Watercooler Inc., a company who has developed all of Facebook’s entertainment and sports applications, has brought these sites to the next level.  The company works with leading entertainment and sports partners to bring their content and brands to the millions of users across leading social networks.  Concentrating on the sports aspect, Watercooler Inc. has developed team specific applications that allow fans to interact with fellow fans, share activities and photos, and build a connection with those who have similar interests.  On their profile, a user can choose to support his or her favorite teams from a number of major sports such as: NFL, NBA, NHL, MLB, soccer, college football, college basketball, and others. 

This snapshot from Facebook is an example of the Los Angeles Kings Fans application that can be integrating into ones profile.  Each team in the league has their own application on Facebook and those that add this application have access to its many features:

* Quizzes – Challenge your friends to see who knows more about the Kings!

* Trivia Challenge – Show everyone who’s the biggest fan with the biggest Kings trivia game anywhere!

* Waves – Rally the faithful to stand up and support the Kings!

* Smack Talk – Taunt your friends on their Wall year round!

* Discussion – Before and after every game, talk about everything with other Kings fans!

* Who’s Going – See which friends are going to the next game!

* Photos – Add Kings photos to your profile page!

* Become a Kings ‘Legend’ –Recruit your friends and make Los Angeles #1!

These features are a great way to entertain fans and allow them to connect with others; however, the NHL has no control over the content of these applications.  Users just build onto the already established application by adding their favorite pictures of their team, joining in on chats, and becoming active in their team’s network.  And unfortunately, the NHL has not paid much attention to these social networking sites.  For example, the league has created a MySpace page, but it has not been updated since the end of the 2007 Playoffs (http://www.myspace.com/nhl).  These sites are a great opportunity that the league needs to take advantage of in order to increase its popularity and profits.

The reason why I believe that these sites are a great opportunity is because of their ability to advertise to a targeted audience.  If the NHL decided to partner with Watercooler Inc. and gained control over their online content on Facebook, they would be able to advertise tickets, products, events, and other things directly to their fan base.  And more specifically, each team would be able to advertise precisely to their particular fans, who will be the most interested in what they have to sell.  This form of advertising is known as the bullet method and is much less expensive then the buckshot approach which is when an advertiser shoots out ads all over the market in the hopes of grabbing anyone’s attention. 

Using social networking sites would nicely complement the NHL’s existing online achievements and open up new channels for the league to advertise through.  Most importantly is the fact that the current Facebook online community has over 69 million active users worldwide.  If the NHL taps into this network, there is no saying how much it can improve the league’s profits. 

Posted in Online Content | Leave a Comment »

StratTix: Making ticket sales proactive, rather than reactive

Posted by flyingdutchmen on April 14, 2008

Last season (2006-2007) the NHL adopted a ticket analysis tool called StratTix to help all 30 teams grow home game revenues and maximize ticket sales, while standardizing how they report their revenues to the league.  It became the second major sports league to integrate StratTix’s data analysis features, the other being the NBA.  After a year of use, the NHL has capitalized from the benefits that StratTix has provided by setting a league record for attendance throughout last season and it will help the league going forward.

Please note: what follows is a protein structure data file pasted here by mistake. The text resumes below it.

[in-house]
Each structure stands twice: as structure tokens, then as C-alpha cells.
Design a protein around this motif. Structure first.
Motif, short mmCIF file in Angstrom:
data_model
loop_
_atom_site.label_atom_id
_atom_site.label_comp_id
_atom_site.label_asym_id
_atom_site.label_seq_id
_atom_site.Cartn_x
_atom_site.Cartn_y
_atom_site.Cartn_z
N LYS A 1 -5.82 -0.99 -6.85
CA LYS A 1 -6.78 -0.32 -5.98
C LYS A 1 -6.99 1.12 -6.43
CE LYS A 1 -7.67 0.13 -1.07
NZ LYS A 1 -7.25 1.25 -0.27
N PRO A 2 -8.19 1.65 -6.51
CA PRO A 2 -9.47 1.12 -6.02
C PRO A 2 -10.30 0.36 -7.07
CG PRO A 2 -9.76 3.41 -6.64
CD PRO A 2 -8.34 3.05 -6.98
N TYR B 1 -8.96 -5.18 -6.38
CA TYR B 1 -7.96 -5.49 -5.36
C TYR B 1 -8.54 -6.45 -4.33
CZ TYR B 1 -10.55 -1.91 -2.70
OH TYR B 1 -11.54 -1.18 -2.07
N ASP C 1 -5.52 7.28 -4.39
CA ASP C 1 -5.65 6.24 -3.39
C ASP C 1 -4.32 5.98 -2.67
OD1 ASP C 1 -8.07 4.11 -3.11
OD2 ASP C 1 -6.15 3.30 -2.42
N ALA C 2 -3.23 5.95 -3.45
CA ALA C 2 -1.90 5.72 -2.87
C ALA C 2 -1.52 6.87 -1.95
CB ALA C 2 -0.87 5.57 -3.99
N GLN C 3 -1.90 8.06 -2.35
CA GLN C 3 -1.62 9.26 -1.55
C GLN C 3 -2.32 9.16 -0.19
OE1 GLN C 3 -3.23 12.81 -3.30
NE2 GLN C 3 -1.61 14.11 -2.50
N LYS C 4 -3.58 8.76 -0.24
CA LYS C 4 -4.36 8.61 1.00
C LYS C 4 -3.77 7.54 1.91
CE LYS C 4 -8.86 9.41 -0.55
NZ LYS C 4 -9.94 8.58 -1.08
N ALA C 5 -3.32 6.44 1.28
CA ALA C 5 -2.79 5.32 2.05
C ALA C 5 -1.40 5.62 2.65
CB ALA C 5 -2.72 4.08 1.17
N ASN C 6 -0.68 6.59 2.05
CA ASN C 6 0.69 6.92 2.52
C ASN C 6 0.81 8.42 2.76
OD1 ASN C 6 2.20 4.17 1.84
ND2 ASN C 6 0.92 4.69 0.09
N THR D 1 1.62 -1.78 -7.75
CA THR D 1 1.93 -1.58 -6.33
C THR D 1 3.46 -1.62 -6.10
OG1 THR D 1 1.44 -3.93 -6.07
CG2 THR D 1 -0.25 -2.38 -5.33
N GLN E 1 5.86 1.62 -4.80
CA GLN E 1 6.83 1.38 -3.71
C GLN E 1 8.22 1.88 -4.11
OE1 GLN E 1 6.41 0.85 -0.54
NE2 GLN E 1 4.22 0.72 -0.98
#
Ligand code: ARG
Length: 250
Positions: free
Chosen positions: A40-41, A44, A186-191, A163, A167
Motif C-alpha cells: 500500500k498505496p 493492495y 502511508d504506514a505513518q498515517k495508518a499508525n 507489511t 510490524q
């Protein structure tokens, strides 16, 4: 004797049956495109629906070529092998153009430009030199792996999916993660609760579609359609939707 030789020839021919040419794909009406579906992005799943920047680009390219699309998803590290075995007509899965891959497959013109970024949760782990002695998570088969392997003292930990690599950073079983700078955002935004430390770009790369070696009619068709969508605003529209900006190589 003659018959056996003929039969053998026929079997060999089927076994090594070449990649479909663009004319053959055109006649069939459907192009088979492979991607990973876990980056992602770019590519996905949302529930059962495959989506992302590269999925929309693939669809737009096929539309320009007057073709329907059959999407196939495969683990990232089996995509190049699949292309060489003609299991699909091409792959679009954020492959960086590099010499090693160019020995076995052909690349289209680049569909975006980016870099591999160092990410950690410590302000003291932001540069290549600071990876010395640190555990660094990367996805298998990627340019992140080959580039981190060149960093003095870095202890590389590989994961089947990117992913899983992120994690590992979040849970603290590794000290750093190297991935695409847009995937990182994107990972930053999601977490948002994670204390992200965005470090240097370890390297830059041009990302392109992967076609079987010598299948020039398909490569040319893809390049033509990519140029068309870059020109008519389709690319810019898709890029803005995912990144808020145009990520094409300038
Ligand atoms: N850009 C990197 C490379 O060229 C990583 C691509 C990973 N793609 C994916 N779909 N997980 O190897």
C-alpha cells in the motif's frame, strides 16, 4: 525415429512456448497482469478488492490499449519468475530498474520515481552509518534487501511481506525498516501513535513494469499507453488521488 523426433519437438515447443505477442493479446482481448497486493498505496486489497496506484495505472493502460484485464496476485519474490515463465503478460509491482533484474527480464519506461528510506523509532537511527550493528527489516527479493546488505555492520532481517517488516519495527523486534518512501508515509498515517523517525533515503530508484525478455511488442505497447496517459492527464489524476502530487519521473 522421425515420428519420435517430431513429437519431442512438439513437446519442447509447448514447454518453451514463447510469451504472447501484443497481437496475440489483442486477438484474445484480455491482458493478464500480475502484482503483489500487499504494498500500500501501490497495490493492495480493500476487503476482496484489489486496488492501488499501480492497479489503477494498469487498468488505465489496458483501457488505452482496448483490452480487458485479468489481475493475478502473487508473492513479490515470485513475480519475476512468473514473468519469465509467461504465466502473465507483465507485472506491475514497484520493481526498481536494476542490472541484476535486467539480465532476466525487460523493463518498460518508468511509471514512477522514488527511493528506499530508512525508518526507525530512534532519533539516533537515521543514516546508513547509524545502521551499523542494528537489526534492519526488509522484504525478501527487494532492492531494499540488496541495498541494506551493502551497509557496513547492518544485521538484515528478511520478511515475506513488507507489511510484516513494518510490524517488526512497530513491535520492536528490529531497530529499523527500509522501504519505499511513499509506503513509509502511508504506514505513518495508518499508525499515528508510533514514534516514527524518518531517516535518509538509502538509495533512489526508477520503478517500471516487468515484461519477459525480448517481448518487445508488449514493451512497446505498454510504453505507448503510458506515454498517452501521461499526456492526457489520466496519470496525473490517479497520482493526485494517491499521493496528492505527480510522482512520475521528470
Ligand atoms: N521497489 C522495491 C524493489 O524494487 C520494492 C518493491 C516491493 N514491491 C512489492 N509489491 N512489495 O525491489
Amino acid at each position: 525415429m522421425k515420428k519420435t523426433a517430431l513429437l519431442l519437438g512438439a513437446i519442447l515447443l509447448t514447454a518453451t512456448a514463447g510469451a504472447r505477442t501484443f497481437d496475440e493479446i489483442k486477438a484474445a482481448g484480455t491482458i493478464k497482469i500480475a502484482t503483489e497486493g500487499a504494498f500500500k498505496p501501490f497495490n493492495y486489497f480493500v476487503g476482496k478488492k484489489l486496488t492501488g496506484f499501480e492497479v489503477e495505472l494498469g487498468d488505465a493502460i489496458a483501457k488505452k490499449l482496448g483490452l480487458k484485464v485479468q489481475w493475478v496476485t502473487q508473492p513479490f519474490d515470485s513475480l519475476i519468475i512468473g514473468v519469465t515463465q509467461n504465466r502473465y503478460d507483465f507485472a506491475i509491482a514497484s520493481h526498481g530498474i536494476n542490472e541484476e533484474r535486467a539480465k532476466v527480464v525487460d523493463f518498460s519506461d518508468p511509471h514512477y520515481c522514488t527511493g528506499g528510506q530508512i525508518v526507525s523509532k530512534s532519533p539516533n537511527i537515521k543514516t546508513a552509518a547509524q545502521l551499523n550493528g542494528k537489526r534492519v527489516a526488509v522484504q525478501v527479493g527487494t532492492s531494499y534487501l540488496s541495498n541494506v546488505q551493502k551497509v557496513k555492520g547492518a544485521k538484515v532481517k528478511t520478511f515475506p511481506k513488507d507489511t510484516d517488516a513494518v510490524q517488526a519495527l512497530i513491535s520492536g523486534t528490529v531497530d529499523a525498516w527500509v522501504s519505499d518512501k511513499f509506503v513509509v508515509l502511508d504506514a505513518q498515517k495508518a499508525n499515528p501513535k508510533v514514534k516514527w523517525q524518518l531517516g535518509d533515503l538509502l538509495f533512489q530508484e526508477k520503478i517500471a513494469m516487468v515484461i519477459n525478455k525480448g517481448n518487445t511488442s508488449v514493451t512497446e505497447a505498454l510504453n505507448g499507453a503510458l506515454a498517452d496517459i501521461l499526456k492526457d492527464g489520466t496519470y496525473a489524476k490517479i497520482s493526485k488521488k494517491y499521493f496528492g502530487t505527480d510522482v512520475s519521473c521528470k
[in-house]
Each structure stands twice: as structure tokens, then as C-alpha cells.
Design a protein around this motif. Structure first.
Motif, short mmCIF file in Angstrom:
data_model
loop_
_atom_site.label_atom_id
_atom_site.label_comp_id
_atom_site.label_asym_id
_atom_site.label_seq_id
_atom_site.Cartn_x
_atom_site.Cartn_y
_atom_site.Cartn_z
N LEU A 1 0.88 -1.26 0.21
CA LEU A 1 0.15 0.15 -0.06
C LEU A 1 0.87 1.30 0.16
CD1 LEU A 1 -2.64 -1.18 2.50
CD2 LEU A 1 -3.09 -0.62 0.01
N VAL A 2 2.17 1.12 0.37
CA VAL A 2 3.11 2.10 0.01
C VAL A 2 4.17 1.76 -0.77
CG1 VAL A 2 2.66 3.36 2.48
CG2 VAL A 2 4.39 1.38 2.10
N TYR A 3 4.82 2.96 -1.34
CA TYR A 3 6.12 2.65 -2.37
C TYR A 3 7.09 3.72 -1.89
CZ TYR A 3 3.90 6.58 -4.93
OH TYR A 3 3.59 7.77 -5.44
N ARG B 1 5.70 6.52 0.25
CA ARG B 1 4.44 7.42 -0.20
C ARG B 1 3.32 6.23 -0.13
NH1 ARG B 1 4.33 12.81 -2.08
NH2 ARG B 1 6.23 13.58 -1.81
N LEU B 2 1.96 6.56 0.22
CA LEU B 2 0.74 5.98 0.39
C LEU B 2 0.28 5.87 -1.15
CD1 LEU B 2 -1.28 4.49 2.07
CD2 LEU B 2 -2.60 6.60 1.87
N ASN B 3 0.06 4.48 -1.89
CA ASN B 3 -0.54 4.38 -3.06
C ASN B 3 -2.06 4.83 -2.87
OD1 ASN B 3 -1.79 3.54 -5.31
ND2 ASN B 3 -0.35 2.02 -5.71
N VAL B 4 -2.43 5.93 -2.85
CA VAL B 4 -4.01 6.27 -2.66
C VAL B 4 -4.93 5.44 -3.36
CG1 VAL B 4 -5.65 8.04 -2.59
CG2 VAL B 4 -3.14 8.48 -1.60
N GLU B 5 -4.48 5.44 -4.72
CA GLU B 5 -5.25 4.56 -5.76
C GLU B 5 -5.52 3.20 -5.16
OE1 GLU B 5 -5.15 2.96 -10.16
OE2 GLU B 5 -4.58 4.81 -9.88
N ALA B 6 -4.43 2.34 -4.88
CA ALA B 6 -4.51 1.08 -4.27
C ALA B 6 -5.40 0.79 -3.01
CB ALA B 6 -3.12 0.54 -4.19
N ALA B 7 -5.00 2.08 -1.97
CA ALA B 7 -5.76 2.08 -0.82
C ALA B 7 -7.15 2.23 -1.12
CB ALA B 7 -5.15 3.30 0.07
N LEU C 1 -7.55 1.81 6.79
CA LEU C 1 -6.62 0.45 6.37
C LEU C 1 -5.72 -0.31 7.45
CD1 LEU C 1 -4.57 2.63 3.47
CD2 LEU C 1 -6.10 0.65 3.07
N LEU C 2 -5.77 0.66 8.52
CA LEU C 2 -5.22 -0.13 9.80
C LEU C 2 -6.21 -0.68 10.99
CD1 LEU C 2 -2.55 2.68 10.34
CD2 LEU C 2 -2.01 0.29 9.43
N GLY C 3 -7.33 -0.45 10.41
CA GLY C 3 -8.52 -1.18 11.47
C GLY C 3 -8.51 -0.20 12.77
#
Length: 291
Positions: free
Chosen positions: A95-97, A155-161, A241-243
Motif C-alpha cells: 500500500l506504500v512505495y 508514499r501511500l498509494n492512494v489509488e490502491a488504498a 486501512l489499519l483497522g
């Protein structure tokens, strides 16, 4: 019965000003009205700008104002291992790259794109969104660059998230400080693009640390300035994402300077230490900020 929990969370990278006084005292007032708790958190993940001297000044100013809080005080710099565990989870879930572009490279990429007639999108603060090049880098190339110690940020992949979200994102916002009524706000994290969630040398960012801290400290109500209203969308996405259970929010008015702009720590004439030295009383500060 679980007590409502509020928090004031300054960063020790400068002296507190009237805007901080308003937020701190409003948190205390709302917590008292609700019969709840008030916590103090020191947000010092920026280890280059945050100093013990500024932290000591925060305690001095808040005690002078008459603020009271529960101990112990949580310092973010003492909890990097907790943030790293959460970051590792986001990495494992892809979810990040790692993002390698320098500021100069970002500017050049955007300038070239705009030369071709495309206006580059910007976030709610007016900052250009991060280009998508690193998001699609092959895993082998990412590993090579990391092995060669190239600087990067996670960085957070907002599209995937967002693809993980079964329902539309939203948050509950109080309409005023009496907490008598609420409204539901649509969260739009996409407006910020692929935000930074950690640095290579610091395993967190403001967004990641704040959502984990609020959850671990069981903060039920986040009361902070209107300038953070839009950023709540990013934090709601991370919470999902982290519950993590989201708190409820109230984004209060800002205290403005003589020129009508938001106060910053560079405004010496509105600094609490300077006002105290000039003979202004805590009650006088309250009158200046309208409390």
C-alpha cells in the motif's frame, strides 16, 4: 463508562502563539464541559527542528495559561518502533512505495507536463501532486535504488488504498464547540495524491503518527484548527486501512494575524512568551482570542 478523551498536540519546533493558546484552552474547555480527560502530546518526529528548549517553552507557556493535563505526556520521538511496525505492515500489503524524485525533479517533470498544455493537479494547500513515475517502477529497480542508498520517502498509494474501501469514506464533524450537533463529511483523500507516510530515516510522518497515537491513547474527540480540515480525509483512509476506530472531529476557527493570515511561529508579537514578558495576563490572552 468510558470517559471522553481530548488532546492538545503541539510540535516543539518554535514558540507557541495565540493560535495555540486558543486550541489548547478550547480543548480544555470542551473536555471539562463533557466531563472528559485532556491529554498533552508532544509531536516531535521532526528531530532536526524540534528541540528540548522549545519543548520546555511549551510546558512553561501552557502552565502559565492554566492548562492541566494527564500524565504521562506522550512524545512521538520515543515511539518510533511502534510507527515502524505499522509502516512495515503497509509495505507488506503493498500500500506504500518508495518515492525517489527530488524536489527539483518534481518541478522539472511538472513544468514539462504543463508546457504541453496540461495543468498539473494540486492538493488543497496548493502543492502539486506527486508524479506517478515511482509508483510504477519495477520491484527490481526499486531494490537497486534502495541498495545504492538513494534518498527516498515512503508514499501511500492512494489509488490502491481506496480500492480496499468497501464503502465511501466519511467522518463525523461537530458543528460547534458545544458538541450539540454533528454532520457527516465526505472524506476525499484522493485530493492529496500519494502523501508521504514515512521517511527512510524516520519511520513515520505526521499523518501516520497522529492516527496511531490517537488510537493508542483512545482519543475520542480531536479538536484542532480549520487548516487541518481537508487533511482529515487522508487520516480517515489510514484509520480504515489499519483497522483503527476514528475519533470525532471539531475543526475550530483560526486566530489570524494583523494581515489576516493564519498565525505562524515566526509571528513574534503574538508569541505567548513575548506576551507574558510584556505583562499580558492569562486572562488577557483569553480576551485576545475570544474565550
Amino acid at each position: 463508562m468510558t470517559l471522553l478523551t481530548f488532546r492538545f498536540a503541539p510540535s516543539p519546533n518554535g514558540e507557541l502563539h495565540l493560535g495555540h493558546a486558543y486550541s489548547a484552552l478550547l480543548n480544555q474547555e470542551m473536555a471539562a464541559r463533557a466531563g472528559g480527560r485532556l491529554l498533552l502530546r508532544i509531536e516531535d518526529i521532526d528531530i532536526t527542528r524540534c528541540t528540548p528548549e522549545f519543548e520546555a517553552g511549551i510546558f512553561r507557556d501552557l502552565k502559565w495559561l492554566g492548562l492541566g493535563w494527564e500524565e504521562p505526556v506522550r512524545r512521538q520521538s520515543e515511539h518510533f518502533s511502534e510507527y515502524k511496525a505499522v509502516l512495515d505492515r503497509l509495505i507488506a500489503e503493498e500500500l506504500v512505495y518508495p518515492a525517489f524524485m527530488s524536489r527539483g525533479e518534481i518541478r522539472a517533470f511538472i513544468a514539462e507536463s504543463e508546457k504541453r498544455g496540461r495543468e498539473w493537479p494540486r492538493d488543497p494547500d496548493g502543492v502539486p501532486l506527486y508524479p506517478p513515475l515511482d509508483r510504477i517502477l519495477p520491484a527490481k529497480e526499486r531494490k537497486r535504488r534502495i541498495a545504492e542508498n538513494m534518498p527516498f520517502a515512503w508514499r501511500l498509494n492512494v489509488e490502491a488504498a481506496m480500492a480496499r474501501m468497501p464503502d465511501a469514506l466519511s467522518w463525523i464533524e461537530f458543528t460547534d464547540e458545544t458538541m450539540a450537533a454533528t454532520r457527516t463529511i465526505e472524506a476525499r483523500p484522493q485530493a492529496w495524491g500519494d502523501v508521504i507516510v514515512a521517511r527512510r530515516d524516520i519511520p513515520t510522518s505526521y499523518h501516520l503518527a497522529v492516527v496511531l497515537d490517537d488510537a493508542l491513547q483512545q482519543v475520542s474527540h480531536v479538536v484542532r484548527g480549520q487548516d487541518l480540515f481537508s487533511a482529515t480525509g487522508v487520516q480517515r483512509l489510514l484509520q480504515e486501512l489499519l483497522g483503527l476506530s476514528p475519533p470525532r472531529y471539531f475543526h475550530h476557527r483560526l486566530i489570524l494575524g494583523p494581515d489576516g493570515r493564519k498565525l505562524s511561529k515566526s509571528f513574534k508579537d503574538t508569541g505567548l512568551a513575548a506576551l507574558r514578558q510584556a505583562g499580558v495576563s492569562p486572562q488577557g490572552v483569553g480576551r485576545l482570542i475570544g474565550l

There are two critical activities that professional sports franchises must do well for the team to be successful. First, they need to assemble and maintain winning teams in order to attract fans. Second, they need to maximize the revenue from their activities. Assembling a successful team together depends on signing the right players and making good trade decisions.  To maximize revenue, concentrating on ticket sales often returns immediate benefits.  The NHL is unique among the professional sports leagues because more than 60% of the its revenues comes directly from ticket sales, so improving this process has been a key issue. 

Most ticketing systems, however, are focused on simply fulfilling and tracking transactions, not maximizing revenue. As a result, a great deal of potential revenue to the teams is lost.  StratTix is the first tool that lets users quickly gather ticket information from a variety of sources to gain a real-time view of ticket inventories and trends prior to a game.  It takes data directly from the ticketing system of a stadium or arena and produces a variety of visual and quantitative analyses. This allows sales teams to develop strategies on the fly to fill seats as they can quickly figure out which seats are available and initiate specific campaigns to sell them.  StratTix provides sports teams and entertainment venue managers a variety of strategic advantages, including:

1. the ability to see previously hidden patterns and trends within an event or stretch of events;

2. track the impact marketing campaigns such as advertising, promotions and direct mail have on sales; and, 

3. monitor price effects visually and quantitatively.

“Previously, real-time data collection was impossible,” said Lorraine Spadaro, vice president of technology and eBusiness for the Boston Bruins. “We’d get data from various ticket sources that sometimes was several days old. So we often had to make assumptions, which isn’t the best way to fill the arena. StratTix gives us in-depth mouse click analysis so we have the most current information for making crucial marketing decisions.” Consistently filling a venue to capacity is a challenge for many organizations.  However, StratTix takes the guesswork out of the process. The sales staff no longer has wait for the box office or ticketing systems to produce “up-to-date” ticket information. Instead, they can use StratTix to collect the data in real time and automatically see what seats are still unfilled. That real-time access lets them make smarter decisions about how to fill unsold seats.  The NHL will greatly benefit going forward because StratTix will help teams grow their capacity for home games with better ticket sales.

Posted in Tickets | 1 Comment »